Congrats! You are half-way through your undergraduate studies (unless you’re studying in Canada in which case it’s only the end of freshman year) and it is now time to choose a major. At this point, you may have also decided that you want to go to medical school and you are trying to decide what to major in. The first question you may be asking is “Does it matter what my major is if I want to go to medical school?”
The answer in large part is no. Medical schools want applicants who are smart, hard-working and well-rounded. In addition, medical school requirements state that there are a set of courses which must be completed prior to applying to medical school; these include general biology, general chemistry, organic chemistry, physics, and typically at least 1-2 semesters in English. Aside from those courses which are required for med school, you can major in anything you want. The majority (75%) of medical school matriculants major in the biological, physical and social sciences. This leaves 25% of students accepted to medical school that have majors in other disciplines.
As medical students, we always try to compare ourselves to others. The comparison that is always brought up when discussing majors is, “do students with a lot of science coursework have a leg up on students who majored in the humanities or social sciences?” The answer is probably no overall. Clearly, if you majored in biochemistry in college, you will likely find your biochemistry course in medical school to be far easier than some. However, overall it probably doesn’t make that much of a difference. If you are a hard worker and dedicated to your studies and happened to major in Politics, your chances of doing well in medical school are equal overall to the student who majored in Biology. Hard work will ALWAYS help you overcome any obstacles you will encounter, in medical school and in life.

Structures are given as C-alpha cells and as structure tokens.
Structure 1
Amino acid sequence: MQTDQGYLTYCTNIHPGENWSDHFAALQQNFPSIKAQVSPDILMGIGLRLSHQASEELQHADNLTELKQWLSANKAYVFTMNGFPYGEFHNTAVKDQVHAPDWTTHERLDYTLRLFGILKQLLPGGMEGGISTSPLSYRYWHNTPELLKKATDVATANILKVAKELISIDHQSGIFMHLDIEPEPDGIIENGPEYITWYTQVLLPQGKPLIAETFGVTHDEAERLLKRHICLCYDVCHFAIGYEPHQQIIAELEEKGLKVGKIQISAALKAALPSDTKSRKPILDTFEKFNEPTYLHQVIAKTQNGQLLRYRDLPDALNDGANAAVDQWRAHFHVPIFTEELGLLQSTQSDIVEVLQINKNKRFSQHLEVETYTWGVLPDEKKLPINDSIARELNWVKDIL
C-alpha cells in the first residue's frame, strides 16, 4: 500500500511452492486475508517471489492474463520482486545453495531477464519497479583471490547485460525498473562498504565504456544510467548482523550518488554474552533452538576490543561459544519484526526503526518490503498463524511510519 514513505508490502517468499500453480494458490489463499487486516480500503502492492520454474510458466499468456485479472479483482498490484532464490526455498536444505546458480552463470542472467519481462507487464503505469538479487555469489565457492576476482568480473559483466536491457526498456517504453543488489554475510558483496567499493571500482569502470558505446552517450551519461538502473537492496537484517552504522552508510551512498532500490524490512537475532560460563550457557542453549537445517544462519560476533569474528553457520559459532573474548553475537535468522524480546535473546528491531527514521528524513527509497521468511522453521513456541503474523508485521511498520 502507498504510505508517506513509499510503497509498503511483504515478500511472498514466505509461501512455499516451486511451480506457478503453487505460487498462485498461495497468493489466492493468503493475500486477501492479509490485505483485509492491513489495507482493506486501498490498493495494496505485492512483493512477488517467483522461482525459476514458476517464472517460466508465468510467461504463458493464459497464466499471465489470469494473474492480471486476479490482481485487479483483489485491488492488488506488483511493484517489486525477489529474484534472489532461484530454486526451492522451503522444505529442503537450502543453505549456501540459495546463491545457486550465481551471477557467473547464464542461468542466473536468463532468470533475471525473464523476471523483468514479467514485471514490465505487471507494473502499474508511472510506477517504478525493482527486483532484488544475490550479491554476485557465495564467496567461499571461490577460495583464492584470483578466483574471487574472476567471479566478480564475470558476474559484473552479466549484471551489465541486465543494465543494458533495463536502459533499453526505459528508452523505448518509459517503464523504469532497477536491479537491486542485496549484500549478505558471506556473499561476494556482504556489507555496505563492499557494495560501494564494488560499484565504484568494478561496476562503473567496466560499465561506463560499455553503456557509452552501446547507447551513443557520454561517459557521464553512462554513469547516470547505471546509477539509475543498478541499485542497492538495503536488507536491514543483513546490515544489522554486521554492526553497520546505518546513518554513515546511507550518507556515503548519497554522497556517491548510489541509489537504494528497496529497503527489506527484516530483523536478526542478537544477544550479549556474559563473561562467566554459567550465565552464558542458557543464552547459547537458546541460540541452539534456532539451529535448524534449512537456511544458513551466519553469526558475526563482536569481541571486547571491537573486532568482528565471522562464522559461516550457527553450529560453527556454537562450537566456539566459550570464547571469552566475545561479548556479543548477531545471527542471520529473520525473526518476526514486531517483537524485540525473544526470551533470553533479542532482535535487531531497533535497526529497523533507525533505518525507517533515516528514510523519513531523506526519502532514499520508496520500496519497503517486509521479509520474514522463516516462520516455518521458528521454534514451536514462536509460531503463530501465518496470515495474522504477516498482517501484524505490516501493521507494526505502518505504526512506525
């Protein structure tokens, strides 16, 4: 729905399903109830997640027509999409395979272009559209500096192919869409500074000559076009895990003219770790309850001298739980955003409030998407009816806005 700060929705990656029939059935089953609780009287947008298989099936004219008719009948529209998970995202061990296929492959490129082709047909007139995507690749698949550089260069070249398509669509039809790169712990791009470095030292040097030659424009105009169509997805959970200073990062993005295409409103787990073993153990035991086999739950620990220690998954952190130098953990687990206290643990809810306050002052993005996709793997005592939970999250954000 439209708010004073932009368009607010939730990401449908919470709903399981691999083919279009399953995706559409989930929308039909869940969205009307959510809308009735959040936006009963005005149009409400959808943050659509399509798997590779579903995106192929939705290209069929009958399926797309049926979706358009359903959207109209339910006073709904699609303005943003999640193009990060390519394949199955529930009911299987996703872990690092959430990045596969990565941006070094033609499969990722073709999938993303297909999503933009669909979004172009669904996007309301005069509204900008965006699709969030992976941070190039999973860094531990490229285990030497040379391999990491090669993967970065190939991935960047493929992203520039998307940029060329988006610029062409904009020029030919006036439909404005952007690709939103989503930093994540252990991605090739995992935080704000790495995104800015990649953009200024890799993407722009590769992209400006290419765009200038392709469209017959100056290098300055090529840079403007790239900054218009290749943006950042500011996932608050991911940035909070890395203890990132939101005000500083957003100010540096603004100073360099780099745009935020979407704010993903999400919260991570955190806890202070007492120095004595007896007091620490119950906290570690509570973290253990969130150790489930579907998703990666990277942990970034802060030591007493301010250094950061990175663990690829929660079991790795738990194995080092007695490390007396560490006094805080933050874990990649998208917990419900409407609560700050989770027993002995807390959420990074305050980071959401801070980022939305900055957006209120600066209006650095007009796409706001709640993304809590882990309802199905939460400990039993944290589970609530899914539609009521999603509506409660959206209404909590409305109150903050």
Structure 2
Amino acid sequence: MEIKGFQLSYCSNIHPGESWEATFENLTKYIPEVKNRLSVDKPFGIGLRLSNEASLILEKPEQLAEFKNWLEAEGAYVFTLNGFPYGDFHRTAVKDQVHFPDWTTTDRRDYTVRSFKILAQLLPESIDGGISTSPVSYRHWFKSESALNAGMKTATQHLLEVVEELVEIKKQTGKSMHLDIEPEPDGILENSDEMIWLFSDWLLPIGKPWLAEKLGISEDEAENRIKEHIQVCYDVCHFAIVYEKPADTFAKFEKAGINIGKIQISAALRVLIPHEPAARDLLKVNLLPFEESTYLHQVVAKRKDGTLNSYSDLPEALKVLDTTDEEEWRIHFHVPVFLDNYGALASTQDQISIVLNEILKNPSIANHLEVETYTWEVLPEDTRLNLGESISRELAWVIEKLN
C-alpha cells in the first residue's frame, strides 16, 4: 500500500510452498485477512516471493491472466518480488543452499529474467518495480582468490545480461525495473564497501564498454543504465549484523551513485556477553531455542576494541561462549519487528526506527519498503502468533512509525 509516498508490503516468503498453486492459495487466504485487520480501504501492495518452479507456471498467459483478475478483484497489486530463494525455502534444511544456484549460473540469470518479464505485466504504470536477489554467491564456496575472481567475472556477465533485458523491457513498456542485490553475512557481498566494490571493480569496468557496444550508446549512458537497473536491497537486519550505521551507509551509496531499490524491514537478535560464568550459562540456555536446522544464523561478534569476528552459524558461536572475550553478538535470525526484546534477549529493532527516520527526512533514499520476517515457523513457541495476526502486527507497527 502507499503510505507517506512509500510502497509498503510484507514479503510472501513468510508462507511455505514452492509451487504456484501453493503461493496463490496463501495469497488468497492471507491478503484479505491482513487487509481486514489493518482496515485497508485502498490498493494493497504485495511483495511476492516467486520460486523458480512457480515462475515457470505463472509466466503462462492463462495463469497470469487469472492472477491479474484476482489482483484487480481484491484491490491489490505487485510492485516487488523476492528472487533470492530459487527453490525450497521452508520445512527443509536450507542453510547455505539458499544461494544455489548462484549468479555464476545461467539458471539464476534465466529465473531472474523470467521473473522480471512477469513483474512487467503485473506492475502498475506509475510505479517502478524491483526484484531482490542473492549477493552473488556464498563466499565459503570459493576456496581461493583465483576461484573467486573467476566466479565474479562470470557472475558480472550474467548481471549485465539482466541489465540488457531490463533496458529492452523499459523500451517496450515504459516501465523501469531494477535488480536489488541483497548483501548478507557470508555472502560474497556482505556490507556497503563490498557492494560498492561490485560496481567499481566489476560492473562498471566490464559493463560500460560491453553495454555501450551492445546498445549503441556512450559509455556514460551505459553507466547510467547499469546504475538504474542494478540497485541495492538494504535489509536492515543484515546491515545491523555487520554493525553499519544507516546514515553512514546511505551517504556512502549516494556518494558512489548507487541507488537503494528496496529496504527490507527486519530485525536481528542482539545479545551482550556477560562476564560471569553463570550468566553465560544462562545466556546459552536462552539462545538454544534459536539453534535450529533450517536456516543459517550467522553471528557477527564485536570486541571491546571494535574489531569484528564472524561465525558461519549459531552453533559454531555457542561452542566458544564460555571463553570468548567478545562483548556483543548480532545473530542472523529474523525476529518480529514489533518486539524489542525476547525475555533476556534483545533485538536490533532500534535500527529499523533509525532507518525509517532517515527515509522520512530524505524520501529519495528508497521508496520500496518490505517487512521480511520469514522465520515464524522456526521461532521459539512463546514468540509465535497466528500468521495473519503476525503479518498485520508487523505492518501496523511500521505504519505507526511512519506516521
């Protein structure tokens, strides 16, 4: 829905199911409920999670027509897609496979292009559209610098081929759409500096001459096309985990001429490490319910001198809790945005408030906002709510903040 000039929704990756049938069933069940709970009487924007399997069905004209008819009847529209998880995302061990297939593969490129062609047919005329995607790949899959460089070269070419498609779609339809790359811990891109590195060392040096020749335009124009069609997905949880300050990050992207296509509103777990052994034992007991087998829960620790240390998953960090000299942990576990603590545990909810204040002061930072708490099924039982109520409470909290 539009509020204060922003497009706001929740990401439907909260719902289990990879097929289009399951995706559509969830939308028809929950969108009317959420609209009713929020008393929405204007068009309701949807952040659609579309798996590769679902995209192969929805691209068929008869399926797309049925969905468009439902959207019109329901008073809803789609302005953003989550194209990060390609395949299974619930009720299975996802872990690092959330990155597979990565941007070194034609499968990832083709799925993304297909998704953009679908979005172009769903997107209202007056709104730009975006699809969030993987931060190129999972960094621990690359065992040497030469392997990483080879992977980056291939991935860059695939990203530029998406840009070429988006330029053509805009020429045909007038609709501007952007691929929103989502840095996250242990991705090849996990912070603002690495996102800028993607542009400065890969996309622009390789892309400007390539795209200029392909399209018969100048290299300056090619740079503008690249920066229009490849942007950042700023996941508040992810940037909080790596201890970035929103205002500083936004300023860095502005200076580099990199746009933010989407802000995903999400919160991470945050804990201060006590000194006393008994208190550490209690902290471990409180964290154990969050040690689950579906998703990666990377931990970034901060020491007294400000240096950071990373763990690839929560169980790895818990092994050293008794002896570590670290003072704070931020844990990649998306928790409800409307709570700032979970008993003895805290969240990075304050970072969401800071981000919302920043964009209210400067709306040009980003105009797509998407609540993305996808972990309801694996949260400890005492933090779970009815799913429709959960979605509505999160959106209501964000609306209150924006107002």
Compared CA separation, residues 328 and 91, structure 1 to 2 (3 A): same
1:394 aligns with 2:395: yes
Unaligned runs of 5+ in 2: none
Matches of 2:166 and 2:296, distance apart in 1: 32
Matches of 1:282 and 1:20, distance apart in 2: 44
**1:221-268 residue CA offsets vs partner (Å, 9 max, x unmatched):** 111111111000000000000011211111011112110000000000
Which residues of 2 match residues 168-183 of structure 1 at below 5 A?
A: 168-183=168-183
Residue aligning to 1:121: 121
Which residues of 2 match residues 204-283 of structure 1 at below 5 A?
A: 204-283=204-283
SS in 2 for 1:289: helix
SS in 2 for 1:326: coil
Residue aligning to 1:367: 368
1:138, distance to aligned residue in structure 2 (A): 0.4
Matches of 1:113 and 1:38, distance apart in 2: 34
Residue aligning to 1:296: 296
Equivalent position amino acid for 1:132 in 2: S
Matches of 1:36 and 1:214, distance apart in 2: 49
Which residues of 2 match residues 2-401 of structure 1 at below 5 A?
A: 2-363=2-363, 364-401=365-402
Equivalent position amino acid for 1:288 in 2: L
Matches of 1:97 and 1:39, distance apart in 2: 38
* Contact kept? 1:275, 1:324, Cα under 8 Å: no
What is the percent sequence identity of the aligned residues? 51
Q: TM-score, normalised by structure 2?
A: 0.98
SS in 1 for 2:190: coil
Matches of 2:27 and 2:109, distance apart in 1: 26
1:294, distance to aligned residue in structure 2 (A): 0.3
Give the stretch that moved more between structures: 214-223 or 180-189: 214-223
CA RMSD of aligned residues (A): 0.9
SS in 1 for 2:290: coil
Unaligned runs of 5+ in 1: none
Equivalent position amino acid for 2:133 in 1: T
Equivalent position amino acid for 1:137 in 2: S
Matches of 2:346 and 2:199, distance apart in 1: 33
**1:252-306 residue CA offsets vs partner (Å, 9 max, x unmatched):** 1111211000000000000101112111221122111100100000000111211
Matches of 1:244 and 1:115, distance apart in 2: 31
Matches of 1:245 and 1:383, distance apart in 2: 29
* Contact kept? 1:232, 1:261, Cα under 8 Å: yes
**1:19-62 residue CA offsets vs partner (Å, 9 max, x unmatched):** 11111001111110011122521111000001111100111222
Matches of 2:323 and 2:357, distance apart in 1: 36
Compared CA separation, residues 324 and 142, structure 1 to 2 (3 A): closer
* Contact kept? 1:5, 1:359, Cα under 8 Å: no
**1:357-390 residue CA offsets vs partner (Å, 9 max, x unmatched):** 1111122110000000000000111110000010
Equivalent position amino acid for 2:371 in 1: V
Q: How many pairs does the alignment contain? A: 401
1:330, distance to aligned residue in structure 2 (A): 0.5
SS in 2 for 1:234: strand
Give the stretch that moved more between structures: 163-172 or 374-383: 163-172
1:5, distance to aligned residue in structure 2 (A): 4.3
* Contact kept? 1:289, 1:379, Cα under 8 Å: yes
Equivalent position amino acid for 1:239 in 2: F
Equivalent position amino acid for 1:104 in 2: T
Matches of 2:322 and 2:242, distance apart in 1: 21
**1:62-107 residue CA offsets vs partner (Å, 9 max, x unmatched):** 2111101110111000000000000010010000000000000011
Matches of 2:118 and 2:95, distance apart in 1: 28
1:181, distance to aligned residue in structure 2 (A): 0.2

There is one additional consideration, however, if you choose a non-science major. If you read the Pre Med School Selection article when you were applying to colleges, you will remember that you should challenge yourself and choose a degree program which will demand a certain level of rigor. The best way to prepare yourself for medical school is to set good study habits, study hard and challenge yourself, so make sure that whatever degree program you choose, it will demand these things from you. Remember that medical school admissions committees consider both your GPA and the courses which you took to obtain said GPA. Students who achieve high grades in with a rigorous curriculum will be considered over those students who did not challenge themselves.
Finally, make sure that whatever major you choose interests you! You will spend a lot of time studying the material in whichever degree program that you choose. Don’t major in something because you think it will impress an admissions committee or your parents if you have no interest in it. If you find yourself drawn to courses in political science and loathing your science pre-reqs, you may want to consider getting a J.D. Similarly, if you find that you are drawn to bench labwork in college and don’t really like working with people, you may want to consider getting a PhD as opposed to an M.D. or D.O. Remember, whatever you choose, be true to yourself!
1. https://www.aamc.org/download/161692/data/table18.pdf - Retrieved 28 Apr 2012